The impact of gay marriage on a culture

By Tom Quiner

Pope Benedict XVI made his annual “State of the Church” address.

He spoke briefly about gay marriage, characterizing it as destroying the very “essence of the human creature.”

The media exploded.

Although the subject of gay marriage was a small part of his speech, that is all the media reported. The headline for the article in the Des Moines Register was:

“Pope attacks gay marriage in annual address.”

The Catholic Church is under attack for standing by Christian principle that defines marriage as being between one man and one woman.

A practical question comes to mind. What are the long term effects of gay marriage on a culture?

We can look to Canada to get a feel. There, gay marriage has been legal for a decade.

Canada has similarities to the United States as well as differences. What happens in Canada may not happen here. Nonetheless, let’s take a look at the Canadian experience with so-called gay marriage.

Here’s what did not happen: polygamy. The concern was that if marriage is defined by feelings rather than function, polygamy would be the next natural step in the restructuring of marriage.

One attempt was made in Canada, and it failed.

However, gay marriage has had a significant impact in other areas. Dissent is viewed as bigotry. Government commissioners who protested and refused to issue marriage licenses were fired.

Catholic organizations, such as the Knights of Columbus (of which I am a member), were fined when they refused to rent their facilities for same-sex wedding receptions.

Clergy now have to be careful what they say from the pulpit regarding human sexuality, or face the risk of censure or worse from human rights tribunals. People who speak out against the new orthodoxy have this speech defined as “hate speech” and have been fined, forced by government officials to make public apologies, and coerced into never speaking out again against so-called same sex marriage.

The financial cost is staggering if you run afoul of Canada’s Human Rights Commission. The cost to defend yourself for alleged “hate speech” is simply too much for most ordinary folks, who are beaten into compliance through sheer financial intimidation.

Associations, such as bar associations, have the power to censure and discipline members who disagree with gay marriage laws.

Teachers, in particular, put themselves at risk if they are critical of gay marriage, even if their remarks are made outside of the classroom. This kind of talk “creates a hostile environment for gay and lesbian students,” and is not tolerated.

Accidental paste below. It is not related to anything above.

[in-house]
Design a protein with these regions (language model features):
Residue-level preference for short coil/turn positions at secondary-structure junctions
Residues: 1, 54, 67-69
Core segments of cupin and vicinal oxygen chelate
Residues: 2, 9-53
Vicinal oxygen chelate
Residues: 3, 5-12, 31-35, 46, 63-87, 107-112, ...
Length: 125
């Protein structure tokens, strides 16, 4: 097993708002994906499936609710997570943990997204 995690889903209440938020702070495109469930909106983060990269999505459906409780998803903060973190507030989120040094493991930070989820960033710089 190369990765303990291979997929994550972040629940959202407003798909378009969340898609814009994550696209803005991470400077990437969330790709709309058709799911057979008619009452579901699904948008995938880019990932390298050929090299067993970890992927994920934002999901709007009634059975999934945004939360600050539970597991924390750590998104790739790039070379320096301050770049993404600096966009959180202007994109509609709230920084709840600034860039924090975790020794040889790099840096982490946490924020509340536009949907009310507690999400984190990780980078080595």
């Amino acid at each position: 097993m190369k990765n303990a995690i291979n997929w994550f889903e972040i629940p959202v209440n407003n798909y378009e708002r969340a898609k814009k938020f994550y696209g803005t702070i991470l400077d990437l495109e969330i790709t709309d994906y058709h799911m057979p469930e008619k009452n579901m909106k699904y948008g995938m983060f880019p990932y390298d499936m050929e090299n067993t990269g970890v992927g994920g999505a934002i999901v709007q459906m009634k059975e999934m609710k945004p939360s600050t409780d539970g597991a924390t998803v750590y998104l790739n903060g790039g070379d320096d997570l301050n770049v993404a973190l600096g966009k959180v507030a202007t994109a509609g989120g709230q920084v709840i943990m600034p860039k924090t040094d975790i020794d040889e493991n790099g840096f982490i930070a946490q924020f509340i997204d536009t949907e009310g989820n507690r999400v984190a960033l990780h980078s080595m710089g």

Parents in Canada have long had a right to veto contentious educational practices. They no longer do on the contentious subject of gay marriage, which must be portrayed in a positive light and as natural and normal.

Will any of this happen in the United States? It’s hard to imagine that it won’t.

Free speech will surely be affected.

With this administration’s disdain for religious liberty, it’s hard to imagine that religious freedom doesn’t take a major hit.

And, of course, public education will be transformed even more by the leftists who dominate the teacher’s union.

How will America look if gay marriage continues to spread? Simply look to Canada.



  1. Robert on December 22, 2012 at 5:55 pm

    I am not a dogmatist, but marriage is based upon creation. You get married and you create a family, you have children. I am not against gay coupling, but indeed it can never be a marriage!

  2. Robert on December 22, 2012 at 6:02 pm

    Extending marriage rights to gays makes a mockery of marriage in my mind.

  3. Lisa Bourne on December 22, 2012 at 6:13 pm

    It’s one of the left’s sacred cows. All hail, and don’t dare speak of it unless it’s in support, or else. What the Holy Father said was plain, simple and the truth. God bless him for speaking it, on this and in other areas. The U.S. Church could stand to take a look at his playbook. Of course the media exploded, of course he’s being painted as a hater. Knock us all over with a feather. The Mayans didn’t call the Apocalypse right, but Cardinal George has likely nailed it with his prediction of imminent martyrdom for the faithful who stand for and with the Church. A very real and painful separation of the wheat from the chaff is probably in our near future, leaving just a few things in question: specifically when this will occur and on which side each of us will be.

    • Robert on December 22, 2012 at 6:44 pm

      I am a secular thinker so I cannot share your religious position, only reason. And gay marriage is ridiculous, we already have enough of them in the priesthood don’t we?

  4. Shawn Pavlik on December 20, 2013 at 12:31 pm

    I know this post is a year old, but still very relevant. Read this story about a baker who was forced to accept baking cakes for gay couples: